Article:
Boycott of Japanese goods strikes hard
It has been especially apparent in food and beverage sales, as consumers quickly pivot to local brands. At the beer refrigerator, their fury has been decisive.
Despite the spirited response to Japan attacks on the trade front, concerns are growing. People in agriculture and others economically vulnerable could find themselves as collateral damage in the escalating trade war.
According to industry sources, beer has taken the brunt of the boycott because there are so many possible local replacements.
Sales of Japanese beers, such as Asahi and Kirin, at the CU convenience store in the first 18 days of this month fell 40 percent compared to the same period in June.
In the same period, Japanese beer sales at GS25 declined 24 percent, and at 7-Eleven they were down by 18 percent.
The situation was much the same at larger retailers.
Japanese beer sales at Emart declined 30.1 percent between July 1 and July 18 compared to sales in the same period in June. The momentum grew as time progressed.
According to the retailer, in the first week of the month, sales were down by 24.2 percent, but in the second week, they were down 33.78 percent and by the third week it was down 36 percent.
Before Japan decided to retaliate a Supreme Court decision ordering compensation by Japanese companies for forced labor during World War II, Asahi was second among the top-selling imported beers. It is now in 6th place. Kirin, which was 7th, is no longer in the top ten.
Sake has not been spared.
“Sales of sake sold for consumption at home rather than at restaurant have been shrinking,” said a sake importer.
Another sake importer said some retailers are refusing to accept the Japanese products at all.
“In the case of beer, orders have fallen between 30 and 50 percent,” said a Japanese beverage wholesaler.
Although FRL Korea, the local operator of Uniqlo, said it could not disclose how much the boycott has impacted its sales, a local credit card company estimated that Uniqlo sales are down 26 percent. For Muji, a Japanese lifestyle brand, sales are down 19 percent.
Last year, Uniqlo made an estimated 1.3 trillion won ($1.1 billion) in Korea.
Tourism and airlines are also affected.
“Between July 8 and 15, those reserving trips to Japan total around 500 a day, less than half of the 1,100 last year,” said a HanaTour official.
Package tours to Japan sold on Gmarket are down 12 percent between July 8 and 14 compared to the same period a year ago.
Reservations at Japanese hotels are down by 11 percent.
“Through May, [Koreans] traveling to Japan were down 4.7 percent,” said Oh Chang-hee, president of Korea Association of Travel Agents. “By the end of this year, we expect the number of visitors to drop 20 percent to 6.5 million.”
Osaka is now the number five overseas destination for Koreans. That’s down from No. 2 last year. Hotel bookings in Tokyo and Fukuoka were down three notches, ranking eighth and ninth, respectively.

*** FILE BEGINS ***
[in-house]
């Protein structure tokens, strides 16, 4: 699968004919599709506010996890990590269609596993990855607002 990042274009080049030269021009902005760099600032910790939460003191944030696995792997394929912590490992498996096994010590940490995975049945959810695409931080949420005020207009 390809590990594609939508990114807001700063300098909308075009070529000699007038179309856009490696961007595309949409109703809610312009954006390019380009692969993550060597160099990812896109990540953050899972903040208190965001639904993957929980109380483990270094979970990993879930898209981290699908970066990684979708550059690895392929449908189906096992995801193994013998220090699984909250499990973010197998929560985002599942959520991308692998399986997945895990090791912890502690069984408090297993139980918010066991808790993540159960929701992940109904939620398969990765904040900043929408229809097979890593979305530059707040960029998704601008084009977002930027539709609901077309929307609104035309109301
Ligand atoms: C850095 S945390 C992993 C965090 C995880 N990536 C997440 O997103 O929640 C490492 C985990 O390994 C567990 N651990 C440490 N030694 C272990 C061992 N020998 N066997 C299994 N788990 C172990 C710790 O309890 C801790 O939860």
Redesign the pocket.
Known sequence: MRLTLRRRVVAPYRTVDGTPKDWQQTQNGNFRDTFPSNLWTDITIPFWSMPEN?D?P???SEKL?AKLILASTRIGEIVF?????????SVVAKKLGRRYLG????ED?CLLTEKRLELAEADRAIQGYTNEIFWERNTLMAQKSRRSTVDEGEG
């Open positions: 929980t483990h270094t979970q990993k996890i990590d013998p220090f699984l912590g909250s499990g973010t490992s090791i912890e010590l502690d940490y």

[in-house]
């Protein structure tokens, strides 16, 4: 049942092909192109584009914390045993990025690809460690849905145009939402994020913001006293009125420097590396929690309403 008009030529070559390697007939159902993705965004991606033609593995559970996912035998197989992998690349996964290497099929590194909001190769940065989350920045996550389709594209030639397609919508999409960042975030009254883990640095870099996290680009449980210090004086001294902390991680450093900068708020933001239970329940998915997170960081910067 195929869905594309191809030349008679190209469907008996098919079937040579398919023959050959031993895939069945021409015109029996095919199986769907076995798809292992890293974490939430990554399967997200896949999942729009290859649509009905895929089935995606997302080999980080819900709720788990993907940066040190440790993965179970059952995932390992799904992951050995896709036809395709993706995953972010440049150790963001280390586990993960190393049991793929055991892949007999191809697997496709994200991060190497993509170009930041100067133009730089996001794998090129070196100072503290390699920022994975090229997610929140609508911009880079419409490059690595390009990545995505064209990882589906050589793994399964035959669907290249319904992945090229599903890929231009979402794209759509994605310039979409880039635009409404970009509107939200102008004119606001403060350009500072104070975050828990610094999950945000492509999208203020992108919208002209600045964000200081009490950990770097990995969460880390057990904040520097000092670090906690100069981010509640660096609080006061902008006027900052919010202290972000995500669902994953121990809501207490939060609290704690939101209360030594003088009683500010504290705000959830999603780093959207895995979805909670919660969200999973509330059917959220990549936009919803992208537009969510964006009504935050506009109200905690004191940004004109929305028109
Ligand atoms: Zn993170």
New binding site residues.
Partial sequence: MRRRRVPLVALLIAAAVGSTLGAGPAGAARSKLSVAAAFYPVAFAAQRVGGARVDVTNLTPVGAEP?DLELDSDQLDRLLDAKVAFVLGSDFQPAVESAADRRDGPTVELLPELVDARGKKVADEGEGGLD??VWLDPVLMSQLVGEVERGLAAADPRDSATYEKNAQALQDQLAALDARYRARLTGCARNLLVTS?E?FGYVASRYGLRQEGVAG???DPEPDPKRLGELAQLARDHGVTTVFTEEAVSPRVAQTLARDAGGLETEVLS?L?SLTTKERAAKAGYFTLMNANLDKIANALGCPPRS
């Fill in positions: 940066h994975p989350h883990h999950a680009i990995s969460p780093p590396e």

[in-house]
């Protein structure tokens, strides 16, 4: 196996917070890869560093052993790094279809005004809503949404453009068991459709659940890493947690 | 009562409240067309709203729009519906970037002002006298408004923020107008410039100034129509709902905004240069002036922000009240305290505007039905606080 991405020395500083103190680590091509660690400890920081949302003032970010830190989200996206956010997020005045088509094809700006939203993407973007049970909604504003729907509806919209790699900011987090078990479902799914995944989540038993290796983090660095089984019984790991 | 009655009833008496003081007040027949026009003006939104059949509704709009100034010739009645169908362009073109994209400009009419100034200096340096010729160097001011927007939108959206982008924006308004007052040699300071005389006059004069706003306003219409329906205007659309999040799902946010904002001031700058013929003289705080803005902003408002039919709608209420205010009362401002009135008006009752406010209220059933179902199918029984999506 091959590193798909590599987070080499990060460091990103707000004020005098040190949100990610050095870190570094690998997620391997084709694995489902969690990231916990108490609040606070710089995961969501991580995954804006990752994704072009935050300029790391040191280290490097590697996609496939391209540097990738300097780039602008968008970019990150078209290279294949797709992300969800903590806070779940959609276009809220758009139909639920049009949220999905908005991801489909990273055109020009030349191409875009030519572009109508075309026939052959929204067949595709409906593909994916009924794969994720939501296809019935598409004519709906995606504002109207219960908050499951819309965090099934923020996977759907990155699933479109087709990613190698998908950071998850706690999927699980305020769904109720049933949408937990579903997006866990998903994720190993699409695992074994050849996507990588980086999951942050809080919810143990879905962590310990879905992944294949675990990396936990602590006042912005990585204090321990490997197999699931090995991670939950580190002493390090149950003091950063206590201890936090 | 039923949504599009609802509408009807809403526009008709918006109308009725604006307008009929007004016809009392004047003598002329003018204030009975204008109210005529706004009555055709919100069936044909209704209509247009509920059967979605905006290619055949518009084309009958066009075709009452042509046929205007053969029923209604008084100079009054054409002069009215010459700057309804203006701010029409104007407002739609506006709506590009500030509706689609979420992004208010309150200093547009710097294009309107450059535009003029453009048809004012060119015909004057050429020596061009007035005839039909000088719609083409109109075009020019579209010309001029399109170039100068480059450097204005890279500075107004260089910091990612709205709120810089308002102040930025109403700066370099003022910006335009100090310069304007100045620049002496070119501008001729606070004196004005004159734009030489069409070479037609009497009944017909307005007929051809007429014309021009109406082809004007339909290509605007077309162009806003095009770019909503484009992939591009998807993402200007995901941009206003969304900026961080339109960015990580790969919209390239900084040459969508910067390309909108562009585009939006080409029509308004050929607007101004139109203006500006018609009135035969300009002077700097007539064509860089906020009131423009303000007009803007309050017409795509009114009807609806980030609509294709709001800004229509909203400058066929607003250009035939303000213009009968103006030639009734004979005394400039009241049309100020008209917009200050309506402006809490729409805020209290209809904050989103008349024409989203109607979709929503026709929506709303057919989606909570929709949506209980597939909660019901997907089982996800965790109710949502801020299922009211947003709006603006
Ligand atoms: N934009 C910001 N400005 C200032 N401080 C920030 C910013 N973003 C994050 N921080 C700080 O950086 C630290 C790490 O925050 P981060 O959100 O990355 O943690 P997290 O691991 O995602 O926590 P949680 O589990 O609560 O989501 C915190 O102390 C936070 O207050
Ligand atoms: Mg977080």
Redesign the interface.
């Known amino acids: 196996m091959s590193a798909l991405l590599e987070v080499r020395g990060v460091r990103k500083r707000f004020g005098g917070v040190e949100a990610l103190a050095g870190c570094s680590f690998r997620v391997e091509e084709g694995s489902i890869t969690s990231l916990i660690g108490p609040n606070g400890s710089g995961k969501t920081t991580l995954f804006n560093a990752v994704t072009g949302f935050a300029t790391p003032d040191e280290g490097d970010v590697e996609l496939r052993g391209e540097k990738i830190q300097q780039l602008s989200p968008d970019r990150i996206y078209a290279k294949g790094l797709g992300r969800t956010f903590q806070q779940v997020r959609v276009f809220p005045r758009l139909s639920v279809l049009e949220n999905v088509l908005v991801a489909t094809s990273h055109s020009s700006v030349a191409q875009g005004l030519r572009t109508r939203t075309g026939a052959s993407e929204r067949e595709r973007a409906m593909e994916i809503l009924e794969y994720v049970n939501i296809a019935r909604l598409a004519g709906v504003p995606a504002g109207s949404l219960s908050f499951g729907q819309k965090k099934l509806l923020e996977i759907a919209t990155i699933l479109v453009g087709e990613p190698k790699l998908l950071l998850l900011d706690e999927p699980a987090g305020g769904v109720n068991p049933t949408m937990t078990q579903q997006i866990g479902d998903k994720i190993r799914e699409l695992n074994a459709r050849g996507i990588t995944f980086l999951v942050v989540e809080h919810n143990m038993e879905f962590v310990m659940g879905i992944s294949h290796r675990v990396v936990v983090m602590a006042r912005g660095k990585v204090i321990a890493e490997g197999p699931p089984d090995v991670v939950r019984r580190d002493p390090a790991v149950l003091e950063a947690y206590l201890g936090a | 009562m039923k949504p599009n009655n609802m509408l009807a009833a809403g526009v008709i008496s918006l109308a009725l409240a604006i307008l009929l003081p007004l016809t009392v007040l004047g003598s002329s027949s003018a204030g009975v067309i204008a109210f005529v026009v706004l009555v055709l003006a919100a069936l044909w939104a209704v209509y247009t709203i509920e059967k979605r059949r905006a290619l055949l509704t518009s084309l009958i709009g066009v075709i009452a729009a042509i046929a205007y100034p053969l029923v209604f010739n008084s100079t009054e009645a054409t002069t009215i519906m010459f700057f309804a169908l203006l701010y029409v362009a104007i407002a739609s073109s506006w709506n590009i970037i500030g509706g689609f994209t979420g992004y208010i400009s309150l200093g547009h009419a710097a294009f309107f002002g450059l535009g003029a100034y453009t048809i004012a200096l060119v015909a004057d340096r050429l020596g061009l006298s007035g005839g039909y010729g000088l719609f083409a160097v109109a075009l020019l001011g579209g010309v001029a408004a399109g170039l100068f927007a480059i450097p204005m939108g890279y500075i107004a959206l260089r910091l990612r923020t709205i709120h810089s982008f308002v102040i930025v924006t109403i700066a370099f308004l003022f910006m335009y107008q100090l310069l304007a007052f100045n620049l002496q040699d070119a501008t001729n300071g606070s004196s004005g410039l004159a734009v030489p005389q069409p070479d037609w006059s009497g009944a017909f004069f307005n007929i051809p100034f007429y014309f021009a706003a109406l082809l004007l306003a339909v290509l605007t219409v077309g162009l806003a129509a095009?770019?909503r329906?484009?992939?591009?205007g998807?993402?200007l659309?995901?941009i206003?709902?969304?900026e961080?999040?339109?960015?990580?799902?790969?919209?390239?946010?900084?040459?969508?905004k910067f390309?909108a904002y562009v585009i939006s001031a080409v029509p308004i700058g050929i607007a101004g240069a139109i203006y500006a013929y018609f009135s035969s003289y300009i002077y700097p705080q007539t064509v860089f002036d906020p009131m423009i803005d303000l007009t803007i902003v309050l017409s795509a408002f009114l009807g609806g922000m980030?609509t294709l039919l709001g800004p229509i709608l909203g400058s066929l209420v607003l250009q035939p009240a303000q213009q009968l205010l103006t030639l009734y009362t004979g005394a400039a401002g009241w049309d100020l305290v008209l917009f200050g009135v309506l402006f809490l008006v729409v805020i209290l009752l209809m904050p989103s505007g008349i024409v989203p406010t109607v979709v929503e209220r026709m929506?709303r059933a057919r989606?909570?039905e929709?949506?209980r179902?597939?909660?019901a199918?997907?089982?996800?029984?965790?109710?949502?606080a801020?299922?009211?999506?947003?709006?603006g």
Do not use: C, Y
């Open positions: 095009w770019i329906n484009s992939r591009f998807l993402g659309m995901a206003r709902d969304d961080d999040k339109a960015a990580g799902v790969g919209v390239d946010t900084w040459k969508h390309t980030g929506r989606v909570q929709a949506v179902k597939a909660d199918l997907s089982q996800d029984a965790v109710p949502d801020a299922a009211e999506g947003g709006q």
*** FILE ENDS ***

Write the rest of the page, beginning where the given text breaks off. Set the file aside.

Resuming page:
The travel boycott is taking a heavy toll on budget carriers, where trips to Japan account for 20 to 30 percent of their total revenue.
The results of the boycott on Japanese car sales are yet to come. And while orders haven’t been canceled, an industry insider said the number of customers visiting stores is down 20 to 30 percent compared to earlier this year before the Japanese government imposed the trade restrictions.
Japanese cars had been doing well. In the first half, 23,482 Japanese vehicles, including those from Toyota, Honda and Nissan, were sold, up 10.3 percent compared to the same period a year earlier.
“We haven’t seen contracts on new purchases falling,” said a Japanese import brand executive, who requested anonymity. “But looking at past precedents, if the situation continues, it will affect sales.”
While Korean consumers protest through boycotts, some worry that if the effects continue, the Korea economy could take a hit, especially agriculture and fishing.
The Japanese government is already reported to be considering banning the imports of Korean agricultural products and fish.
Japan is the No.1 importer of Korean agricultural, fishery and food products. Last year, $1.3 billion worth was shipped to Japan.
Some question how effective the boycott could be.
“Consumers are actively participating in the boycott and some are even requesting to expand the items [boycotted],” said an official from the Korea Federation of Middle Size and Small Merchant (KFSM), which led to the boycott of Japanese products at small neighborhood shops. “We will continue [the boycott] until Japan signals it will withdraw its economic retaliation.”
But Choi Seong-jae, chairman of the Korea Federation of Micro Enterprise, noted that the boycott could also impact Korean businesses.
“I empathize with the boycott movement,” Choi said. “But there could be those struggling. Isn’t this what Japan truly wants?”
NoNo Japan, the largest website dedicated to boycotting Japanese products, excluded certain items that were previously on its boycott lists after the targets turned out to be 100 percent Korean companies or those that are considered to have major impact on Korean workers.
“Consumer goods traded between the two countries only account for 15 percent of the overall, and most are intermediary goods,” said Kang Sung-jin, Korea University economics professor.
“[The boycott campaign] will not have a huge impact on Japan,” Kang said. “While boycotting trips to Japan could have an effect on certain Japanese regions, it could also affect Korean travel agencies and airliners.”
BY CHUN YOUNG-SUN [firstname.lastname@example.org]
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